We had about 10 miles to San Jose de Comondo. We got there just after 9:00. There was a massive descent into the village--another oasis in the desert. The town was very clean, and very quiet. We needed water, and some snacks. At the Plaza Publico, a guy was watering the plants. We asked where we could get agua purificada. He showed us the hose, then proceeded to drink out of it. Okay, good enough for us (we hope)! We filled our dromedary bags about half full. We had another 30 miles to San Javier, so we figured that was good enough. We asked where the tienda was. He told us, and we rode there. The door was locked, even though it was supposed to be open. Then the owner came around the corner, and unlocked the door. Woo Hoo, open for business! We got some snacks and a couple of Cokes. Brent drank his there. I put mine in one of my feed bags because I'd had a chocolate milk.
We next went to the Mission. All these old missions are pretty cool. We took photos, then went on our way. Remember how I said there was a massive descent down to the town? Well, there was an equally massive climb back out of the town! We walked most of it. I rode probably the second half. Just like that, we were back in the desert.
We rode along going ever up, it seemed. At the top of the next descent, we could look across the valley we were going down into, and see the way we would be going out. OH MY GOD! It was not going to be fun! Down we went, and almost immediately, started the climb back up. It was pretty loose rock, and then lots of big rocks poking out. We walked. After the first switchback, when the road surface smoothed out a bit, I got back on. I was able to ride almost to the next switchback. The third section was beastly, and I had to walk the whole thing. Brent just walked the entire climb, but he can walk faster than I can. At the final switchback, I stopped to take some photos before heading up the last bit. There was one lone flower coming out of the ground. I took a picture. I continued walking up the final section to where Brent was waiting. We decided to go on and find some shade to eat some lunch. I had already polished off my Coke, so it was water with lunch (pb&j on a tortilla).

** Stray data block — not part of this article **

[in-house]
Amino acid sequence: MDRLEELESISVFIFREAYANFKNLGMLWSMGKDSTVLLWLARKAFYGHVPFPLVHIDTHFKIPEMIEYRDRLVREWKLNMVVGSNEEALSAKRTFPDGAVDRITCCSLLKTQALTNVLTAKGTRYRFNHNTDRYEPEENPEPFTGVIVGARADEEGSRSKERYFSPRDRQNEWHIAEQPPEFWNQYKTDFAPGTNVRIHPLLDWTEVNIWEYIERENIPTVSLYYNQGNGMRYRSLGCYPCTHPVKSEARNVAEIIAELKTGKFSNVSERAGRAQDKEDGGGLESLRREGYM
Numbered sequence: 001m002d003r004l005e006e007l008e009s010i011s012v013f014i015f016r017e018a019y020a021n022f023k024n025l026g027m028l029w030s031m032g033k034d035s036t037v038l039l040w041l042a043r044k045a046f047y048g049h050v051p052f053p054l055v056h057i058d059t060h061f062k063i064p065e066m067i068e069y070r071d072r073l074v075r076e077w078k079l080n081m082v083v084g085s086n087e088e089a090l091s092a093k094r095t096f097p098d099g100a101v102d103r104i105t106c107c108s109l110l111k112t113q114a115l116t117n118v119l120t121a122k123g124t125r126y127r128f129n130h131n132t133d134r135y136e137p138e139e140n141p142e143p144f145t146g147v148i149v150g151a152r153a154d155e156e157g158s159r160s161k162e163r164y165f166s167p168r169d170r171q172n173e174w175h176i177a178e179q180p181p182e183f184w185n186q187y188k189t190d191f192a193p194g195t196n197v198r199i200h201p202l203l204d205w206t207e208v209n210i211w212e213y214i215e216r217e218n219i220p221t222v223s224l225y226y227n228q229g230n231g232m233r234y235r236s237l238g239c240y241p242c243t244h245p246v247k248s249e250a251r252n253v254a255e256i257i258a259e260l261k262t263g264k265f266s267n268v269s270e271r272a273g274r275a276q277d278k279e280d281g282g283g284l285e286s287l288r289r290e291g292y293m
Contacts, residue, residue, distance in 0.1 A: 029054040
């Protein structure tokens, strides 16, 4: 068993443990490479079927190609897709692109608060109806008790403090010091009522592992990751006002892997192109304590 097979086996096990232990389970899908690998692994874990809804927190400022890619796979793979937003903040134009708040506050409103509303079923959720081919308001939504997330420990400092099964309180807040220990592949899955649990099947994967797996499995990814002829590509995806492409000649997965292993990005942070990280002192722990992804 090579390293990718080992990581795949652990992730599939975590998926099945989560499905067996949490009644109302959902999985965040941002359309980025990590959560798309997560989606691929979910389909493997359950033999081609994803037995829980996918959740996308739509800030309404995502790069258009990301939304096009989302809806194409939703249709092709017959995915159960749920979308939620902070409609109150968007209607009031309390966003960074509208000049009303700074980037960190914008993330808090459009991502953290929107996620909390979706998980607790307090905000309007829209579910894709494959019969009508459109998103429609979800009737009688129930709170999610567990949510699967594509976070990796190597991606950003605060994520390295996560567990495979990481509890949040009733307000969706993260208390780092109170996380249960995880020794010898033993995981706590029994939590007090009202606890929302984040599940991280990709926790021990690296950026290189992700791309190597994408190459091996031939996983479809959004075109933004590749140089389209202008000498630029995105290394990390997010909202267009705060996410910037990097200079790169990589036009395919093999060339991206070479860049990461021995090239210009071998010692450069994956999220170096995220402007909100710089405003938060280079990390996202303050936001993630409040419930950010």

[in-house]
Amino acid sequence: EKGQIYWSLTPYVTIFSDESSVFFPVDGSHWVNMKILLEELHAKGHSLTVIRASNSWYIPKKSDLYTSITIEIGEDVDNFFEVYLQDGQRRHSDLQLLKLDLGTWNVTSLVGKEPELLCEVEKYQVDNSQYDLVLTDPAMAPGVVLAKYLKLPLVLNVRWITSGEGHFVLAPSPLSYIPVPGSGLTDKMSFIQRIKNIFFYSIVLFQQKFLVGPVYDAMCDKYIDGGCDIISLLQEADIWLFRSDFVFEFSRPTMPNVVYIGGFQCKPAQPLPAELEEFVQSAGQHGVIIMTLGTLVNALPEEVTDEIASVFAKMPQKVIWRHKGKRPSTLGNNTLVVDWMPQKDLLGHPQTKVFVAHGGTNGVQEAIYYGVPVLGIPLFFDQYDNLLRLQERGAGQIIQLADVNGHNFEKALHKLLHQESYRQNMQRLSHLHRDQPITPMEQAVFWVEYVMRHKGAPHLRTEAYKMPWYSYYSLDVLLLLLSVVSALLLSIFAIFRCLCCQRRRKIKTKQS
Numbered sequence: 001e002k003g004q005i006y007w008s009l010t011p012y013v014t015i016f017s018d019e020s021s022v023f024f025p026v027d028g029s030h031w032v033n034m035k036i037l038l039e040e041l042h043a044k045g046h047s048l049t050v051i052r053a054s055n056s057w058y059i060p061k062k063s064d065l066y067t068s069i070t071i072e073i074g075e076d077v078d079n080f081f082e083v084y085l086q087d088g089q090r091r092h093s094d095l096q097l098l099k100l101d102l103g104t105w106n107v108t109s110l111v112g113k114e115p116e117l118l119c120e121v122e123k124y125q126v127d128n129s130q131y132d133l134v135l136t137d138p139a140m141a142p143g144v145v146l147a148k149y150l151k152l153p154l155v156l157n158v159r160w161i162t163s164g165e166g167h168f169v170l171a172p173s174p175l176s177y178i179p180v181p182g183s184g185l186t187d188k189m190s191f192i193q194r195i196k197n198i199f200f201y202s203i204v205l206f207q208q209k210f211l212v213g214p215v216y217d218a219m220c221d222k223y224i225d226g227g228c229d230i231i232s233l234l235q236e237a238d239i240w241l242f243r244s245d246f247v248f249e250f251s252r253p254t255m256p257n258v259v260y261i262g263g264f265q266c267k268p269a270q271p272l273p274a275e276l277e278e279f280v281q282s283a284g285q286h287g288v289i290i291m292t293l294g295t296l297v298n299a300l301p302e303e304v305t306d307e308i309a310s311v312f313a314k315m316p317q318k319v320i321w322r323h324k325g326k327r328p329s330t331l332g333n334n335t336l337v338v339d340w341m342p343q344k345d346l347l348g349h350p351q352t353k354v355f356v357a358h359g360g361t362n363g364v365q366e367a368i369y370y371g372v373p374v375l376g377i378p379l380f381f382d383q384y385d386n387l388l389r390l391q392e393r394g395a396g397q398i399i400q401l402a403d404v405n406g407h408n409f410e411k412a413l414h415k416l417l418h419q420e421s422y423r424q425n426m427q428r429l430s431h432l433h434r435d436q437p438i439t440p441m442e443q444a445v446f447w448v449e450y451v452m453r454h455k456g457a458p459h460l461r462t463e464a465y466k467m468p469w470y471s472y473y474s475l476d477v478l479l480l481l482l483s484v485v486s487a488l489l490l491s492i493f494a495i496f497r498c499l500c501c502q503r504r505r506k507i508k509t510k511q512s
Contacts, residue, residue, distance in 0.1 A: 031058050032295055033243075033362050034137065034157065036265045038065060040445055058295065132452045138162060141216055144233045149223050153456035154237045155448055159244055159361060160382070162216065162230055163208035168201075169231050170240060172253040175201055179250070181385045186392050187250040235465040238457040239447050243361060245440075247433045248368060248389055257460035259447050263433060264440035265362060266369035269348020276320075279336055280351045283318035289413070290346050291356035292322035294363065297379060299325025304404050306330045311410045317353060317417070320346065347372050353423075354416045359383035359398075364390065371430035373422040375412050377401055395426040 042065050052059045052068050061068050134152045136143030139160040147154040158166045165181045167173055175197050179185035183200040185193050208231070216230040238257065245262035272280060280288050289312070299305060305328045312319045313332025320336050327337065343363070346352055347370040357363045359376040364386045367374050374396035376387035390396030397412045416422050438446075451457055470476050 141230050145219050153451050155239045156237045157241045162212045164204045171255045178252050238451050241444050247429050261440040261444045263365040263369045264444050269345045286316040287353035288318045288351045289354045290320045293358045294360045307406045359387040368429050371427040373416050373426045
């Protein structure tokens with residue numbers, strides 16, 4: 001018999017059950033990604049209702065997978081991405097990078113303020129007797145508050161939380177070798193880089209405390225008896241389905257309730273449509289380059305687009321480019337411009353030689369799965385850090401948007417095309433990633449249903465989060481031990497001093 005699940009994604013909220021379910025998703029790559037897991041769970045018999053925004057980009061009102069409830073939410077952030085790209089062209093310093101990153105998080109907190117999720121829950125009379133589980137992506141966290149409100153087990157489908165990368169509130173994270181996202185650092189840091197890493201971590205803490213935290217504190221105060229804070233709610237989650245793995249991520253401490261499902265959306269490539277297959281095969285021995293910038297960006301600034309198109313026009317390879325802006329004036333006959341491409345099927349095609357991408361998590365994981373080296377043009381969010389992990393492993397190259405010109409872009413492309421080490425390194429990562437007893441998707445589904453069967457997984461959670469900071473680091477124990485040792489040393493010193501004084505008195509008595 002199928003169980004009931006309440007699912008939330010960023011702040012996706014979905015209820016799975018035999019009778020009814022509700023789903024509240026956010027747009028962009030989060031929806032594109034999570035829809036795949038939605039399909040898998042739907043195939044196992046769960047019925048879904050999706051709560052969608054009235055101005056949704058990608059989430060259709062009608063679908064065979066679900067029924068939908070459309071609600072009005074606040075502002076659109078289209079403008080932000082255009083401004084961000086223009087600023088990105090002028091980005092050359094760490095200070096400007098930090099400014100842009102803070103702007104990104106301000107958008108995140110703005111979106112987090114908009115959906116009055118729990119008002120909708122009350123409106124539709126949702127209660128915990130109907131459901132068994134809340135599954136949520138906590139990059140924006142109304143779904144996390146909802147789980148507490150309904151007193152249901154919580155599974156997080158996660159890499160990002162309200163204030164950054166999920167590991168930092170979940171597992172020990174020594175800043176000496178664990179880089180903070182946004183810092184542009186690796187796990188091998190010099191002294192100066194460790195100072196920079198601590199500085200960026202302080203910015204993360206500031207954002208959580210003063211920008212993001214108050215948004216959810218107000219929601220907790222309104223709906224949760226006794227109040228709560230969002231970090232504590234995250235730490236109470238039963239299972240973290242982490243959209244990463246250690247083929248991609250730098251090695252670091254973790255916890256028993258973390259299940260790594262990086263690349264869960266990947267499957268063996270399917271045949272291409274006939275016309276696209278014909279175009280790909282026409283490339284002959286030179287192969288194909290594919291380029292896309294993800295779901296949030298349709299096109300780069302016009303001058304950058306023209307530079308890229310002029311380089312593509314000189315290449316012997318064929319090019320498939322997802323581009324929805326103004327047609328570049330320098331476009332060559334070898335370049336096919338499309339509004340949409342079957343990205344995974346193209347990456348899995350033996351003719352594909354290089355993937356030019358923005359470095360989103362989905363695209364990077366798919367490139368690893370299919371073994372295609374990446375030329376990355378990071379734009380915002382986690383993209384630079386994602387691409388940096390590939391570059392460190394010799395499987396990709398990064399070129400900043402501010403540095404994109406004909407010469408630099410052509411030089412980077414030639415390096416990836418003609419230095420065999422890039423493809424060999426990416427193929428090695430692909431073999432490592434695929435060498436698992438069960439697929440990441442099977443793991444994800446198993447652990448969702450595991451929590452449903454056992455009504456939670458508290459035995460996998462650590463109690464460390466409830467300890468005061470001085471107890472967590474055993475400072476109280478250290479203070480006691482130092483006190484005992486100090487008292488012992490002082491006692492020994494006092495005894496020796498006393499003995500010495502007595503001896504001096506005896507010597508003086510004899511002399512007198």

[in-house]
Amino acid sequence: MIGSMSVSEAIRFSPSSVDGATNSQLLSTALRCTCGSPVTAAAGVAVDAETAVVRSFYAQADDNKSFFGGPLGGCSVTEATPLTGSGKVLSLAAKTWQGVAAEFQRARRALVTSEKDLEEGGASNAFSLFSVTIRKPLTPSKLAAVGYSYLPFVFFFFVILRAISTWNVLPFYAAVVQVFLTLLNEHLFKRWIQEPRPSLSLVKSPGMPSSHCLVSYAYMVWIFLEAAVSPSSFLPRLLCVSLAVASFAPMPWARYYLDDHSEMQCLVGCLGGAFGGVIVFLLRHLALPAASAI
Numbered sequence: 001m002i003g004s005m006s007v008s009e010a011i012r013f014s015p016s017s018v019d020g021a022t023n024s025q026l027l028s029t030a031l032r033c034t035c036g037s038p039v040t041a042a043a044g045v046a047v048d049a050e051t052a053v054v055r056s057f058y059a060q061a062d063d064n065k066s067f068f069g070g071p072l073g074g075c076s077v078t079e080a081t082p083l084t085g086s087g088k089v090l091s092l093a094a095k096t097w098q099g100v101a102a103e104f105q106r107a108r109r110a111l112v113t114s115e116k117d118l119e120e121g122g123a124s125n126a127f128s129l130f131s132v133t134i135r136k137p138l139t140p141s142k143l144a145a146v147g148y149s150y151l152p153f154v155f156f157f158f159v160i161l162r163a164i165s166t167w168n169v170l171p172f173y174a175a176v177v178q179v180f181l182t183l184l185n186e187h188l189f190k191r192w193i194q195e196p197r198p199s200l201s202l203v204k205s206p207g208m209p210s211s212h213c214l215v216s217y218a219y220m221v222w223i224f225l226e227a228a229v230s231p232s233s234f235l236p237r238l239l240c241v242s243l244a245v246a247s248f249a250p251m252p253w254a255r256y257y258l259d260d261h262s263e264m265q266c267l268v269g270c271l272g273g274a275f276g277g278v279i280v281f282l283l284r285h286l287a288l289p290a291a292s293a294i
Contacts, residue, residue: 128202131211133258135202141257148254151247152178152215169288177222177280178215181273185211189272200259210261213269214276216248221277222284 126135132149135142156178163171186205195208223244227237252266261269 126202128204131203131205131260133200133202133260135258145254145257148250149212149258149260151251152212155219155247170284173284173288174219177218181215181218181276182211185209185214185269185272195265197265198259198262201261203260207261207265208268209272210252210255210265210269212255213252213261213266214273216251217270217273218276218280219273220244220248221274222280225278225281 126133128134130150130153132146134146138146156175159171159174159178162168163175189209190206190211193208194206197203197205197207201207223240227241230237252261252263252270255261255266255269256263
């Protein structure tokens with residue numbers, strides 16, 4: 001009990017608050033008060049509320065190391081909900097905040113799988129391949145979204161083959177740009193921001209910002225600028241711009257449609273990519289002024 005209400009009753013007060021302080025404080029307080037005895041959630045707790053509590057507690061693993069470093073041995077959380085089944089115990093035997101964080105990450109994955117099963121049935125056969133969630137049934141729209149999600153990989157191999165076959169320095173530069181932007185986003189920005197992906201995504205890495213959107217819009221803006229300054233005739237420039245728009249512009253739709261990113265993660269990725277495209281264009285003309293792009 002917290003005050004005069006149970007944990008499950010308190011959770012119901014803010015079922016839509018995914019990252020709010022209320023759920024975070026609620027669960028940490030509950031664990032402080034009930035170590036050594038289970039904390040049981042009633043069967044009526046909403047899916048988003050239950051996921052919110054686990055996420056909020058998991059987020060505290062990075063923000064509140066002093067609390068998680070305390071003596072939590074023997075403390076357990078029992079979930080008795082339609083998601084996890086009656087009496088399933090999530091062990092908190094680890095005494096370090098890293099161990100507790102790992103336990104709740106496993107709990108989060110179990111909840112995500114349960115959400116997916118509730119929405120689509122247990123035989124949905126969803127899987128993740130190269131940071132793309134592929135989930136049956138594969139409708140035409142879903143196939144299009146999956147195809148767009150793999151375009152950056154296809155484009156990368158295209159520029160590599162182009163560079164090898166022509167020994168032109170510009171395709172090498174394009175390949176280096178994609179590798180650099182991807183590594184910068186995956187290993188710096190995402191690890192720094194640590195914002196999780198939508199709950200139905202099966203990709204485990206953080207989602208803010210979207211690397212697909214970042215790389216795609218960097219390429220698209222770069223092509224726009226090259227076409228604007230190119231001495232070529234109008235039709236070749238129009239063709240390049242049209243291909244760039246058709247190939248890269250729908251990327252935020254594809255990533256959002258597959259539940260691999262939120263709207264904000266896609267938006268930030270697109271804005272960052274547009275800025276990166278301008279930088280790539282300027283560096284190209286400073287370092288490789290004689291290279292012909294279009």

The climbing continued until, once again, we were at the top of a big descent. From the top it looked like we would not be climbing out on the other side like we had been doing. The descent was pretty steep, and there were two times I walked short sections as I could see the potential for my imminent demise (i.e. My life started flashing before my eyes).
Sure enough, we did not have to climb like we'd been doing. There were still a couple more walking bits, but not as bad as before (well there was one that wasn't pleasant). I was counting down the miles to San Javier. It was supposed to be about a 40 mile day. We finally came out to a paved road that lead into San Javier. We rolled into town at about 4:00 after 42 miles. First order of business was to find some hot food. We saw a woman sitting at what looked like a restaurant. We asked if she had comida, she said si, so we parked our bikes and sat down at the table. When she told us what she had, I didn't really understand, but I said si. I asked for soda, but she didn't have any. Instead she brought me what may have been like a sweet berry tea. I didn't care, I was thirsty. When she brought the food, it was rice (I understood that part) and quesadillas (I also understood that part). Then she brought out a sopa. Ah...soup. It appeared to have some fatty pork pieces with veggies and beans. Actually, it was pretty good. After we were done eating, she brought out a spoon of guava jam, and a tub of it. I ate the spoonful, and found it to be delicious. It was 70 pesos for the tub. It was rather heavy, but Brent and I split it (I mixed mine in with my peanut butter, and some in with my pineapple jam).
We went to the tienda to get water. There were only two small bottles. I bought them as Brent thought he had enough. There is also a mission here. Again, it was very cool. We looked around and took photos.
Next we needed to find a place to sleep. We had seen a sign for a hostel, but it didn't seem to be open. I saw a guy, and asked him about the hostel. From what we could figure out, the woman who runs the hostel was in Loreto. There was another place that had a sign for cabanas. That person was also in Loreto, but was coming back in an hour. We thought we would wait, but the guy went and talked to someone, then we followed him to an empty house with two double beds. It was 300 pesos, and there is a good flushing toilet. No hot water in the shower, but no worries. We don't need no stinkin' shower!!! (Yes we do, but I'm not taking a cold shower).
Tomorrow, I really hope we don't have so much walking. We really want to make it to the next place, and that is 56 miles away. At least we'll have about 10 miles of pavement...we think.